Business News CMU Digest

CMU Digest 09.07.23: TikTok Music, Night & Day, Spotify, NTIA, BPI

By | Published on Sunday 9 July 2023

The key stories from the last week in the music business…

The long anticipated TikTok Music service launched in Brazil and Indonesia. It builds on and will ultimately replace Resso, the music service already operated by TikTok owner Bytedance in those two markets as well as India. Like Resso, TikTok Music has a number of social media style features. No free tier is available, presumably because the main TikTok app will be used as an upsell platform. In terms of catalogue, at launch licensing deals are in place with all three majors and indie label repping Merlin, even though Sony Music previously pulled its content from Resso. There is currently no word on how quickly TikTok plans to roll out the new service into additional markets. The launch of TikTok Music followed the unveiling a week earlier of another new app from Bytedance – Ripple – which is a music-making app currently piloting in the US which, among other things, will create an instrumental based on any melody the user hums into it. [READ MORE]

Manchester venue Night & Day is still battling a noise abatement order after a planned court hearing failed to go ahead. The order was issued by Manchester City Council in 2021 after a single noise complaint from a person who had moved into a neighbouring property. Night & Day’s management argue that complying with the order will make their business commercially unviable. The dispute initially got to the magistrate’s court in Manchester last November, but is still going through the motions, with a judge ordering back in March that more acoustic testing be undertaken in the venue. Another court hearing was then due to take place this week and – in a Facebook post – the venue said it hoped that would resolve the matter once and for all. However, the hearing didn’t go ahead, firstly to allow further out-of-court talks between the venue and the council, and then due to technical problems with a video link. Another hearing has now been scheduled for 21 Jul, but yet more acoustic testing is reportedly planned for September, meaning the whole case could as yet rumble on into the autumn. [READ MORE]

Spotify announced it will no longer accept payments via Apple’s transactions system. The streaming service actually stopped new subscribers from signing up via the Apple system back in May 2016, but some of the people who signed up prior to that date have still been making payments that way. Under Apple’s App Store rules, if Spotify wants to sell subscriptions through its iOS app, it has to use the Apple transactions system, which charges at 15-30% commission. Unable to swallow that commission, Spotify had to pass the extra cost on to the customer, making it look like its premium subscriptions were more expensive than those of Apple’s rival music service. That’s why it stopped allowing new premium sign-ups via its iOS app. More recently, Spotify has been asking law-makers to force Apple to drop its rules around in-app payments, arguing said rules are anti-competitive. Those Spotify subscribers who were still making their month payments via Apple will now see their accounts drop down to the free tier, after which they will need to resubscribe via Spotify’s website. [READ MORE]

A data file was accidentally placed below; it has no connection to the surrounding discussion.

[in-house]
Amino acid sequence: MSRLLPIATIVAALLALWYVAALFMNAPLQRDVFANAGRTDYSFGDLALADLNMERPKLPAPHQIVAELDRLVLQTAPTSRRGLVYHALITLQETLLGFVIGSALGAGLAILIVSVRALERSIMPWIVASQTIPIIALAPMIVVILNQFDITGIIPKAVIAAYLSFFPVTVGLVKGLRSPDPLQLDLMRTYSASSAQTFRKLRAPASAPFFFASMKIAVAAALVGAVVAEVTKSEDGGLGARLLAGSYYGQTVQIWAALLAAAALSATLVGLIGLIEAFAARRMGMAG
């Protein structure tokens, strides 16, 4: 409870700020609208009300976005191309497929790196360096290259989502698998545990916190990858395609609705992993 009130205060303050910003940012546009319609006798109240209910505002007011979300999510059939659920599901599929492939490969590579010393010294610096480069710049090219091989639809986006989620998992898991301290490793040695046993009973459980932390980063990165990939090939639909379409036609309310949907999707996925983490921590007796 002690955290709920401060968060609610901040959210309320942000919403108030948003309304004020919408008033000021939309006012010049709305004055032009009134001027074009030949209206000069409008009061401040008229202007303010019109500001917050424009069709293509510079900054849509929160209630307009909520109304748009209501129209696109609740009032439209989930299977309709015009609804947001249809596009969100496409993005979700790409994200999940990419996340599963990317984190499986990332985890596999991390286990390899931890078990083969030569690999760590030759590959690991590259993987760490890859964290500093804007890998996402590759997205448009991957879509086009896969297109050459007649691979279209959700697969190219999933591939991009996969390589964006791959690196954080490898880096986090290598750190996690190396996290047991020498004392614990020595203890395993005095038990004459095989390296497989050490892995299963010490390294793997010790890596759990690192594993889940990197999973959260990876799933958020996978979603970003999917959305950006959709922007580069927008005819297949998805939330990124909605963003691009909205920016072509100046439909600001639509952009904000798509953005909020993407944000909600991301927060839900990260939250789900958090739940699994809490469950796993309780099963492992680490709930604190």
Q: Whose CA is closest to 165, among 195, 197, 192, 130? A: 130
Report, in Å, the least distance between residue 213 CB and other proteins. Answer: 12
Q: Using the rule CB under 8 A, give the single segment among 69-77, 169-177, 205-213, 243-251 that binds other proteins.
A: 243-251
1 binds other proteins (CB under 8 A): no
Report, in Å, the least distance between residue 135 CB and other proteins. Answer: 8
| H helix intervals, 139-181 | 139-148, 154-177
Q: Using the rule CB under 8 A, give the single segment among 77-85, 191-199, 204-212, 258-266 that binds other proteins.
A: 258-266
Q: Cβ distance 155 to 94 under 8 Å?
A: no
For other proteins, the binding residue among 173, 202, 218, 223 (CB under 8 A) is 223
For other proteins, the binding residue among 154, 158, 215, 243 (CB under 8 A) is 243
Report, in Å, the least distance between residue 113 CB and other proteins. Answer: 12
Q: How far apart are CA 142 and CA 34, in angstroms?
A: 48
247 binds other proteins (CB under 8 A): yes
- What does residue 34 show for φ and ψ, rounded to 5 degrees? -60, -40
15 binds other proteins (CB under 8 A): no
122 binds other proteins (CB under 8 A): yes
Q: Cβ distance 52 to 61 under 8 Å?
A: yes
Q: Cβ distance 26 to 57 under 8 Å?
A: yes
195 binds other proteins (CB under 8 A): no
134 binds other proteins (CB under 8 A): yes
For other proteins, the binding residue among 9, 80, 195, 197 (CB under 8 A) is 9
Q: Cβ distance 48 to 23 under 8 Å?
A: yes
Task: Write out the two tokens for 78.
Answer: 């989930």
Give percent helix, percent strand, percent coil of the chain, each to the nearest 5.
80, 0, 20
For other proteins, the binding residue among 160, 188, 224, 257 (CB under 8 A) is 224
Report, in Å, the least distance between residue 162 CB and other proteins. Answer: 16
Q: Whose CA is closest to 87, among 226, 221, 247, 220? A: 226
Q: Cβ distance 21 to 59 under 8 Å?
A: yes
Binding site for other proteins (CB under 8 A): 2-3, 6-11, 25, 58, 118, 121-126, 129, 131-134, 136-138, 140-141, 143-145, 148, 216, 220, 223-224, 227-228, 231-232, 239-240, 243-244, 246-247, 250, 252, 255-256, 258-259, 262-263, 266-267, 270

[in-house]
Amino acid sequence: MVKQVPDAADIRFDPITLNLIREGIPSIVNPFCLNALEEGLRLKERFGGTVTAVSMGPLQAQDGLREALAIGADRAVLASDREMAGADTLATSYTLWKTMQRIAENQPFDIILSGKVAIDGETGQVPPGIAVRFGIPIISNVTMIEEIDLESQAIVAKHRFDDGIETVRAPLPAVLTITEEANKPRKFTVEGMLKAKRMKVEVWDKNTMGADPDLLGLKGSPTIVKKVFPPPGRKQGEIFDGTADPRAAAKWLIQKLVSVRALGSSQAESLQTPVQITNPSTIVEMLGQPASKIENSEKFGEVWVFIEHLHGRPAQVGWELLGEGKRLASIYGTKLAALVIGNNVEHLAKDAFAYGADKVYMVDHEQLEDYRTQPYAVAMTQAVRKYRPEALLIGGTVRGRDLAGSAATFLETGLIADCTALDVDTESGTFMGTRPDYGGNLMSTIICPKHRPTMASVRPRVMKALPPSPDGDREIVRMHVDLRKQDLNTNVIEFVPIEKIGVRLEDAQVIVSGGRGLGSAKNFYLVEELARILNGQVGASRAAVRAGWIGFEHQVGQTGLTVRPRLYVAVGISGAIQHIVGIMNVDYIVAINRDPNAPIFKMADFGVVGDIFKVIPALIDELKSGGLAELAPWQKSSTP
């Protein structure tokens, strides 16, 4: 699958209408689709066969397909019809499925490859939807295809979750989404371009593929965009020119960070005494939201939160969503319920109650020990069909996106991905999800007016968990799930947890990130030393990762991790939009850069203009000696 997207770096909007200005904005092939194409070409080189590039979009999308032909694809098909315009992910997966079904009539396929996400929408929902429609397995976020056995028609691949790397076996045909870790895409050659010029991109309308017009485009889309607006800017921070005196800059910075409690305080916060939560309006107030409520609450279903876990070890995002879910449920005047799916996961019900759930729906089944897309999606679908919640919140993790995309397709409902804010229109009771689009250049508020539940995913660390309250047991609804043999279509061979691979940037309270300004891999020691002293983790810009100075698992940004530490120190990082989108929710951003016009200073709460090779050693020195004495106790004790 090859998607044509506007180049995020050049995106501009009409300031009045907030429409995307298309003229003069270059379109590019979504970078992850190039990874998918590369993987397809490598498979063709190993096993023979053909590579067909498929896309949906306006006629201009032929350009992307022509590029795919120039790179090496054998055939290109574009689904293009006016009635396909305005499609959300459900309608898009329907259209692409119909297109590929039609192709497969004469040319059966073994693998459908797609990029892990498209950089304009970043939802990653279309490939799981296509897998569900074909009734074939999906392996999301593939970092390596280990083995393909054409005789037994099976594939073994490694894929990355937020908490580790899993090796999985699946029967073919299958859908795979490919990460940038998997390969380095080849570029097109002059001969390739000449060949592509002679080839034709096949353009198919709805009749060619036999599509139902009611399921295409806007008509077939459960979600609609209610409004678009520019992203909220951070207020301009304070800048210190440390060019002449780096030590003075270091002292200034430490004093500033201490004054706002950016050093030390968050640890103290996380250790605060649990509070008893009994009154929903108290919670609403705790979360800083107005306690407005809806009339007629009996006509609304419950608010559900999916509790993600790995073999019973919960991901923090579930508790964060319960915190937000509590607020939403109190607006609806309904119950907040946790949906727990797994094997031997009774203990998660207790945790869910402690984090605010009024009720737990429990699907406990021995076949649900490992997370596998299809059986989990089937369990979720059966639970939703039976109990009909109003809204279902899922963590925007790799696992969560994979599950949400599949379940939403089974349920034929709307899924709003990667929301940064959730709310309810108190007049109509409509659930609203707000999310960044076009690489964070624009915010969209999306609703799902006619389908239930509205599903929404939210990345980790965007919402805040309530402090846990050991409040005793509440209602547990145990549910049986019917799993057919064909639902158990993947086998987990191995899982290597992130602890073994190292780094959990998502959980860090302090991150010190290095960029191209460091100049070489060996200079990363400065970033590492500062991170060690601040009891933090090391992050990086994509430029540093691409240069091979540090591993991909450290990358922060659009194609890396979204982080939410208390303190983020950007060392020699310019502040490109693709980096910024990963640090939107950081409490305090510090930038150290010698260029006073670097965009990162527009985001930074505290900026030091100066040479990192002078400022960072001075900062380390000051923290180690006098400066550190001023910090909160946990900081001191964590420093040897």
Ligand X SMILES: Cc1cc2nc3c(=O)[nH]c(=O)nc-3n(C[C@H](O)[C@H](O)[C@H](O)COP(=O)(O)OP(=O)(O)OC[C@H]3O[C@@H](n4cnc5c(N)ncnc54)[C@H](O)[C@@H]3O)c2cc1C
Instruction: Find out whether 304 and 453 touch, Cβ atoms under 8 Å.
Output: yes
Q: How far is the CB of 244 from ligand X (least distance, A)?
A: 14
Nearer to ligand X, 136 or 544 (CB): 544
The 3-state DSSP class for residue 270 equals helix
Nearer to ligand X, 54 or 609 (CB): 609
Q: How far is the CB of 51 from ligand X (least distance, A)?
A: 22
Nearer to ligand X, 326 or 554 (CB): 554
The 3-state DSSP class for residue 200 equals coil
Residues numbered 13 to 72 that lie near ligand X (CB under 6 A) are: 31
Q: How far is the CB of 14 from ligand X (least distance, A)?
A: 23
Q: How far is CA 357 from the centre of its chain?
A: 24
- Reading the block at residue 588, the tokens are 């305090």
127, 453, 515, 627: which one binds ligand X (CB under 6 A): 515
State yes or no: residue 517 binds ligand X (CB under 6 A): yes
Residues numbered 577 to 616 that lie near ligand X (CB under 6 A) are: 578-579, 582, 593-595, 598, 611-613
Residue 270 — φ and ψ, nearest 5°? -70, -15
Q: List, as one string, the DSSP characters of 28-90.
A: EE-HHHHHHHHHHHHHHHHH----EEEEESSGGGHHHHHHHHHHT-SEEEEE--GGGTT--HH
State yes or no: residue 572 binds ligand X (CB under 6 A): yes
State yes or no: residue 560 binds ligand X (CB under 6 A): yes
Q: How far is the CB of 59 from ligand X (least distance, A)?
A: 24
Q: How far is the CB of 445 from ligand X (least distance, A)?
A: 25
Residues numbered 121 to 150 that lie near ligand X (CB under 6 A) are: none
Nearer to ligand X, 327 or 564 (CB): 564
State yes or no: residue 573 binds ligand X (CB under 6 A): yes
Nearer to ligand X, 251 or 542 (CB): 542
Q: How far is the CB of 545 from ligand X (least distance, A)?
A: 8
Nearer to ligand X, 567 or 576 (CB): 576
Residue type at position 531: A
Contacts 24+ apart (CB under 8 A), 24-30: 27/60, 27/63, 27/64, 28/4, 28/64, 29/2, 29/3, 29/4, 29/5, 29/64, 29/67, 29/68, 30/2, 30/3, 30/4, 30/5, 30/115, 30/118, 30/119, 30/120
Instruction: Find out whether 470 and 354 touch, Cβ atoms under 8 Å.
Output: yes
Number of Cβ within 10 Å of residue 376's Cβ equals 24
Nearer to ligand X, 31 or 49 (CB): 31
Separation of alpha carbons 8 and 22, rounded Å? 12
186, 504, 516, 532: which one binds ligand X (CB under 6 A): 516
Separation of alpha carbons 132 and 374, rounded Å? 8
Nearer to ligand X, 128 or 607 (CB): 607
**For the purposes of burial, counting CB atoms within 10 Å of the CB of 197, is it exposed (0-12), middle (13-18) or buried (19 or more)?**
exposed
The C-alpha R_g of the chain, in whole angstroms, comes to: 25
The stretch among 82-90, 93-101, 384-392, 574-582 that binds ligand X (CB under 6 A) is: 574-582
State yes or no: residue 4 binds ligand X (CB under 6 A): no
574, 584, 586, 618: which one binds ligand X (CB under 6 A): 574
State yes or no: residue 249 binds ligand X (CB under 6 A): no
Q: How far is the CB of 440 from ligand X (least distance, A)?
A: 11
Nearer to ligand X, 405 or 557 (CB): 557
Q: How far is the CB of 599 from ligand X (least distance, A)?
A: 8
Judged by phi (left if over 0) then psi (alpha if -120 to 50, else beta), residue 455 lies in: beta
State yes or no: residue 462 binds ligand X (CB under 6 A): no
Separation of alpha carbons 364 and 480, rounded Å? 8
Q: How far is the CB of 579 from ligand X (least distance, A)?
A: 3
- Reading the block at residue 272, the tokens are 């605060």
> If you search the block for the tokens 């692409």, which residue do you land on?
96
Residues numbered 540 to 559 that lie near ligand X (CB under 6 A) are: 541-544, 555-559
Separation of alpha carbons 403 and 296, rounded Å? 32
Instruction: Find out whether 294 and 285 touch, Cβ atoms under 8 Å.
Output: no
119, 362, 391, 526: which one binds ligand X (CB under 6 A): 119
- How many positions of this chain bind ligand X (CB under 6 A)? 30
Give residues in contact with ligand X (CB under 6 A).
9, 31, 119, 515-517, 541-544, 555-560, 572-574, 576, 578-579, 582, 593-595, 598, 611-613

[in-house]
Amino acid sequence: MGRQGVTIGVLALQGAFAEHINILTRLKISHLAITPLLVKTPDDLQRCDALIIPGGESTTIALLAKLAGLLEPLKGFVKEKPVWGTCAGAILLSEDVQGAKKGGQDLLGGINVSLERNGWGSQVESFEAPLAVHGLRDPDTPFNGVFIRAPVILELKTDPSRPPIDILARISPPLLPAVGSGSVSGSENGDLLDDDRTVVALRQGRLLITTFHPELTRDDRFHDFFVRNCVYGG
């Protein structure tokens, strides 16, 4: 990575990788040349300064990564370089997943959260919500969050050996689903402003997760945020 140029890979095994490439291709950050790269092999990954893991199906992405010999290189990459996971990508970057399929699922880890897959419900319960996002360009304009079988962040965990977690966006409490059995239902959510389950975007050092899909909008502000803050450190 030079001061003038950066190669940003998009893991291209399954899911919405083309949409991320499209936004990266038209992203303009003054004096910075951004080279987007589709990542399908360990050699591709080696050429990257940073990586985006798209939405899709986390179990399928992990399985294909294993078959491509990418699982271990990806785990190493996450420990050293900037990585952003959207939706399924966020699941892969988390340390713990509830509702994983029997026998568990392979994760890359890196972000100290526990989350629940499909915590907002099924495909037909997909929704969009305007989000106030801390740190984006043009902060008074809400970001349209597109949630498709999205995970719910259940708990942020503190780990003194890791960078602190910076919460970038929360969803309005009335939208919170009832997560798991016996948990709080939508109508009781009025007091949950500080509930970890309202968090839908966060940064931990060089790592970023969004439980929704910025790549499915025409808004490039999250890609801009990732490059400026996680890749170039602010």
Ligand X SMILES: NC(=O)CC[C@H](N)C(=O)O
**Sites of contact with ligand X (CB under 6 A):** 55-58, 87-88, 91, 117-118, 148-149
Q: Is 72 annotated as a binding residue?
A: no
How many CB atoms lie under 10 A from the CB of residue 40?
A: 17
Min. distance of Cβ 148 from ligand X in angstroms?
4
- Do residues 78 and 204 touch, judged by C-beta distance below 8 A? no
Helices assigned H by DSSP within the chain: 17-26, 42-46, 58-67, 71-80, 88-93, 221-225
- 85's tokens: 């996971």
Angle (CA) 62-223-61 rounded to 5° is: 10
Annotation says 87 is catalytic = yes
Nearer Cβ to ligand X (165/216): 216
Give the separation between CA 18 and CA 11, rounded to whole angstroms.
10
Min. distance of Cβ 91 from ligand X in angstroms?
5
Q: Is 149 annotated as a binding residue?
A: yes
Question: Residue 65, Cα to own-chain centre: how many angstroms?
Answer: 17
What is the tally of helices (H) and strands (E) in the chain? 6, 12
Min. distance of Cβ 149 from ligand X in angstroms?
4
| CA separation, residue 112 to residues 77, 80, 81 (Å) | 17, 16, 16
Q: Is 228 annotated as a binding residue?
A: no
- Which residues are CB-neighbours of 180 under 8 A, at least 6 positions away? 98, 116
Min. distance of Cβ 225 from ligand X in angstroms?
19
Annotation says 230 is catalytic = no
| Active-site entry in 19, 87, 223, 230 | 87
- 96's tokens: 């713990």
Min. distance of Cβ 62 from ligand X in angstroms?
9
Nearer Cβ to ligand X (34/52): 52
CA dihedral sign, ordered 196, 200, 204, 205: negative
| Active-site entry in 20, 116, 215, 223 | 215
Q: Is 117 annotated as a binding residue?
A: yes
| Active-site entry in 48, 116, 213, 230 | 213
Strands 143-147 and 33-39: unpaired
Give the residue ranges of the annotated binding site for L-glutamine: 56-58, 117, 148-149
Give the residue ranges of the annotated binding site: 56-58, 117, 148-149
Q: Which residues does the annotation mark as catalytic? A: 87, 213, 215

The Night Time Industries Association confirmed it will seek a judicial review of the UK government’s current position on festival drug testing. The Home Office has been criticised by the live sector after it told organisers of Manchester’s Parklife festival that they needed a specific licence from the government department if they wanted to test any drugs confiscated during their 2023 event. Parklife, like other festivals, has been testing drugs onsite for a number of years in liaison with their local police force. The aim of the testing is to assess whether there are any substances in circulation that could pose heightened risk to those consuming them and – if so – to share that information with police, on-site medical personnel and festival-goers. There wasn’t time to secure a licence – which also adds costs and logistical challenges to the testing process – which meant Parklife couldn’t undertake any drug testing at this year’s edition. The NTIA and Parklife founder Sacha Lord argue that the Home Office’s position on this is reckless. In a legal letter they urged the government to alter its current position, adding that they will ask the courts to intervene if no such policy change occurs. [READ MORE]

Record industry trade body BPI confirmed that UK recorded music exports were up 20% last year to £709 million. That’s despite artists and labels in the Anglo-American music industries now facing much more competition in the global music market from artists and labels in a number of other countries and regions, especially South Korea and Latin America. The US remains the most important export market – it being by far the biggest recorded music market overall – with the UK industry seeing its revenues there increase 28% year-on-year in 2022. That was partly down the the strong value of the dollar against the pound, but also because of the success of British artists like Harry Styles, Glass Animals, Adele, Coldplay, Kate Bush and Sam Smith. Despite that ongoing growth, the BPI said that further government support is needed to help the UK industry top £1 billion a year in exports by 2030, which is a target the trade body has set. [READ MORE]

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